100 (Plus 5) Must-Read Books for Young Readers
Please refresh the page and retry. F rom polite penguins to robotic bees, here are the best tales of for young readers. Steve Antony is a huge hit with parents, because his books all stress the virtues of behaving well. But the engaging illustrations and zappy prose ensure that children never suspect they are being preached to. In a simple yet skilful plot, only the penguin has the patience to wait and see. But in this delightful story, Spinderella overcomes her fears, and comes up with an innovative way to teach her siblings how to count.
This post is sponsored by Look Past by Eric Devine. Look Past is a gripping murder mystery involving a transgender teen and a fundamentalist religious sect. Avery is a trans boy who was in love with his friend Mary, but was shunned by her conservative reverend father. Mary is murdered in a brutal way because of her love for Avery, and he could be next. With the entire town caught in the grip of fear, the killer remains at large. However, the problem I ran into when my daughters were just learning to read was the large amount of books available to young readers in drastically different levels of difficulty. Numbered readers often varied in level from one publisher to another.
But the 30 books on this list are some of my favorites. Her YA historical novels Under a Painted Sky and Outrun the Moon transport readers to the s and s, introducing diverse characters and plots that keep you hooked. But with her latest, Lee writes less about history and more about love—with a bit of magical realism tossed in the mix. Well, she uses her sensitive sense of smell to mix love potions. So what happens when Mimosa wants to fall in love?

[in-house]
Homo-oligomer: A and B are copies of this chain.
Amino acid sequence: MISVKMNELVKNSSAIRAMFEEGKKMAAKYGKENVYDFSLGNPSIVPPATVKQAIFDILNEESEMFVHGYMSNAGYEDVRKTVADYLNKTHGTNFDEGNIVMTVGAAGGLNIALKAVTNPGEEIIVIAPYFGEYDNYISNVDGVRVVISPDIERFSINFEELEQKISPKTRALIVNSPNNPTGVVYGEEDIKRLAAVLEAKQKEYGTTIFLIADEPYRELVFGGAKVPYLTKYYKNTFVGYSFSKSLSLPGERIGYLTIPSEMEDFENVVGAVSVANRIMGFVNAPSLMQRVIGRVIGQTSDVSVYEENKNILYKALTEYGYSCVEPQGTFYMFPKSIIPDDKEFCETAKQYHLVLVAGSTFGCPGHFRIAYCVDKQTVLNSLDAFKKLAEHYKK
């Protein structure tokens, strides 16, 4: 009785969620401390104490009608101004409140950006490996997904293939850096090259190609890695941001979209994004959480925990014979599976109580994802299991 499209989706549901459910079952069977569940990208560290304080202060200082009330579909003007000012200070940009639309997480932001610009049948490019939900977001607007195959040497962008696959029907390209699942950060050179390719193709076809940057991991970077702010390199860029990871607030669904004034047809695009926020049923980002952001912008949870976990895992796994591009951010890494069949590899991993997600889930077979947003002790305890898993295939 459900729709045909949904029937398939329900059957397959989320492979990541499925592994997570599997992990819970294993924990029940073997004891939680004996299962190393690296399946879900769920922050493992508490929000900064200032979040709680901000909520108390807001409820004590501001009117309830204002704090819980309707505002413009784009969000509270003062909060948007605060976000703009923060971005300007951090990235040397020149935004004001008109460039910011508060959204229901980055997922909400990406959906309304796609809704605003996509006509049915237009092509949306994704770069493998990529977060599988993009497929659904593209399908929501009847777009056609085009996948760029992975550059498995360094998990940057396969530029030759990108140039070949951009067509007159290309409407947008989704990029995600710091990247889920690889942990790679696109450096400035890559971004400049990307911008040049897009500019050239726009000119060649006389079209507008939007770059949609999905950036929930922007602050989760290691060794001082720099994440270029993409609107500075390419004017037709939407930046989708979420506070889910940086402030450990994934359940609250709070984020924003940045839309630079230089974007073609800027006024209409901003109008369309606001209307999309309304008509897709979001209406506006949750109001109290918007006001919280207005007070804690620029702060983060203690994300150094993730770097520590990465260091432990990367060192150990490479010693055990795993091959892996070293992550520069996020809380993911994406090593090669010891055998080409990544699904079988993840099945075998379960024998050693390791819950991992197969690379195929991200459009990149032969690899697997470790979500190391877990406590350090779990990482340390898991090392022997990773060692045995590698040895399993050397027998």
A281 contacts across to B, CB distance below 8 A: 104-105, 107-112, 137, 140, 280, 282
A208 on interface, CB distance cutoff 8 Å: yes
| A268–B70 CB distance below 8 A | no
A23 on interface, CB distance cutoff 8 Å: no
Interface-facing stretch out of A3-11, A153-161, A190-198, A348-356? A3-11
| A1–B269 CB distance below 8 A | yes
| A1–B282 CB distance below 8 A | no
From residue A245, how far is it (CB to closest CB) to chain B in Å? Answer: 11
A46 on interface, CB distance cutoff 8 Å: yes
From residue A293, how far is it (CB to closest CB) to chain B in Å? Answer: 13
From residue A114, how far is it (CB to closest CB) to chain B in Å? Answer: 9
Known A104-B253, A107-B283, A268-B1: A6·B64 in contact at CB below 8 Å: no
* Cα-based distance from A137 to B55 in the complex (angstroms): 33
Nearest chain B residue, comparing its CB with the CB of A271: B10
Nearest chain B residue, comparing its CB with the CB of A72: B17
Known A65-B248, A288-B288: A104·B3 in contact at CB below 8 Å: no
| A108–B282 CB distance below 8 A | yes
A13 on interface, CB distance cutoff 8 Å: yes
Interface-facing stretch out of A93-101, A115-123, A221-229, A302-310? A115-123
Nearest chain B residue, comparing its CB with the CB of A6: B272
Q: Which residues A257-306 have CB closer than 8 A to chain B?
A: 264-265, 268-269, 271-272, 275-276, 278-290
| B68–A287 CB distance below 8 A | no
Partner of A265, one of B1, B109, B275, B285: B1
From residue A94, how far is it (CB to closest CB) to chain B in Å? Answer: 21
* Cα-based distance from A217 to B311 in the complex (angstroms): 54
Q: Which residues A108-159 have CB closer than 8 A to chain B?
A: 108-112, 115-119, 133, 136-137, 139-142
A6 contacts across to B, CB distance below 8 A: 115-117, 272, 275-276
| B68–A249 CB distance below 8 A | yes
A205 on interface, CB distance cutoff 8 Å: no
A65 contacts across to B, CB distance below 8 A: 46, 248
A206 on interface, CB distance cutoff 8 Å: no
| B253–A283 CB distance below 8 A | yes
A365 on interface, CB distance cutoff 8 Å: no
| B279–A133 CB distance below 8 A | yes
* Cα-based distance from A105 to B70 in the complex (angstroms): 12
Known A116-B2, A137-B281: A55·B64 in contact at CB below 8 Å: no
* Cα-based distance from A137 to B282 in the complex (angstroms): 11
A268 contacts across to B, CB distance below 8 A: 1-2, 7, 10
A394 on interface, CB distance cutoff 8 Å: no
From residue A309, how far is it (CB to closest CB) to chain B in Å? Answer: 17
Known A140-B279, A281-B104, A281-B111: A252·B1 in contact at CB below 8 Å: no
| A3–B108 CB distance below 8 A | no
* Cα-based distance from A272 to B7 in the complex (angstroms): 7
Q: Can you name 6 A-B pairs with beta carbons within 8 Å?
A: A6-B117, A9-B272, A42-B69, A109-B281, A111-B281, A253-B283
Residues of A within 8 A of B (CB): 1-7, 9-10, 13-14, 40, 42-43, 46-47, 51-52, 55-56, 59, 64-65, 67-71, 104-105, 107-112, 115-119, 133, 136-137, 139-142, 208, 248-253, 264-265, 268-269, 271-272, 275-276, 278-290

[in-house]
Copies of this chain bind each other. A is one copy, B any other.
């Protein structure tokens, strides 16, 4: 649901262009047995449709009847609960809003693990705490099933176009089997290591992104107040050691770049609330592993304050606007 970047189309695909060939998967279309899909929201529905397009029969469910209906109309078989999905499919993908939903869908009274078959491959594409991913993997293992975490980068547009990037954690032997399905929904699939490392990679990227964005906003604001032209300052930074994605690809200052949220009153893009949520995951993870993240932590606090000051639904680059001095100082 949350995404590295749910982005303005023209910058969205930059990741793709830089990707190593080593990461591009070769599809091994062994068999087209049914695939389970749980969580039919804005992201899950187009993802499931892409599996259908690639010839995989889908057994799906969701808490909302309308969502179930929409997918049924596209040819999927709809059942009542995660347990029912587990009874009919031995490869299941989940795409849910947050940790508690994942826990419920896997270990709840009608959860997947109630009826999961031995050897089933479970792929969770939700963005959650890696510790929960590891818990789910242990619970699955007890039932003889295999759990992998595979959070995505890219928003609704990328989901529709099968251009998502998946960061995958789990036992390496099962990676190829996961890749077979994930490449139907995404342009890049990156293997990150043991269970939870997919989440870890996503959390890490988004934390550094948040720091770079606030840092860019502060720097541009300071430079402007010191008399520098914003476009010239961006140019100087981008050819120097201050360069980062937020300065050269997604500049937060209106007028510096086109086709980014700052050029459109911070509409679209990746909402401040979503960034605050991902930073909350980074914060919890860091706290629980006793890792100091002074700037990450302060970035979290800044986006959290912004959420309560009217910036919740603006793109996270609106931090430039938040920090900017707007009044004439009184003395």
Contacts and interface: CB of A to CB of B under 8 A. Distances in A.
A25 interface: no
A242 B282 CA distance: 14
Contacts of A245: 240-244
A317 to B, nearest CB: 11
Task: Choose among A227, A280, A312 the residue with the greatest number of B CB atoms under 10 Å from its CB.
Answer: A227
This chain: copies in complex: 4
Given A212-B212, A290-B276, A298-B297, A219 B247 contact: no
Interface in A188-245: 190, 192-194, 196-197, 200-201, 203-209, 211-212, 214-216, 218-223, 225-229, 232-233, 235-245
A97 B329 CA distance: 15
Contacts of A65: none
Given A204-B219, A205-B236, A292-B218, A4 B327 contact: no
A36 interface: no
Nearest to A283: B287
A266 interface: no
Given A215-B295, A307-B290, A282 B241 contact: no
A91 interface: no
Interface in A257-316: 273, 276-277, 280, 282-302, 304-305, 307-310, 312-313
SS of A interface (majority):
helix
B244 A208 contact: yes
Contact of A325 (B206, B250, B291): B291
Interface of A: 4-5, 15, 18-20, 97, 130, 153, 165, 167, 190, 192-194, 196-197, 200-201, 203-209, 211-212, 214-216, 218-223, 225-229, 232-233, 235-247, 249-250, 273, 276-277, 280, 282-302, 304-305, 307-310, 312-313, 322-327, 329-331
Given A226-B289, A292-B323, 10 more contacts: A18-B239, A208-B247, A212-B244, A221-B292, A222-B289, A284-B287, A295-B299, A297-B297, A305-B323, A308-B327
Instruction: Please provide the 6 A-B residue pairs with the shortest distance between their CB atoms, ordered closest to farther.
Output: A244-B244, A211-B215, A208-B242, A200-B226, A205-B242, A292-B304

A boy named Darkus attempts to find his missing father—with help from his friends, as well as a remarkably intelligent rhinoceros beetle—in this rip-roaring first book in a trilogy, a promising debut for British writer Leonard. Archer Magill gains a broader view of what contemporary masculinity can look like in this warm and witty novel from Newbery Medalist Peck, which nimbly incorporates bullying, gay marriage, media circuses, and other of-the-moment topics. Reynolds hits the ground running in this series opener, and so does his protagonist, seventh-grader Castle Crenshaw, who finds refuge from past family trauma in a local track team. Future books, which will focus on Castle's teammates, can't arrive fast enough. Telgemeier again delves deeply into the relationship between siblings. In this supernaturally inflected graphic novel, sisters Cat and Maya move to a coastal California town because of Maya's cystic fibrosis, spurring new understandings of mortality and human connection.
Please refresh the page and retry. D ave is a caveman who lives with his friends, blue bird and squirrel. Dave likes his cave, but one day thinks that if he went out into the world he might find an even better place to live. So, club in hand, the bearded and leopard-skinned adventurer sets off. Dave wide awake… Dave want new cave. This time, it is a missing father and, as she explains in a letter to the reader at the back of the book, the story is autobiographical.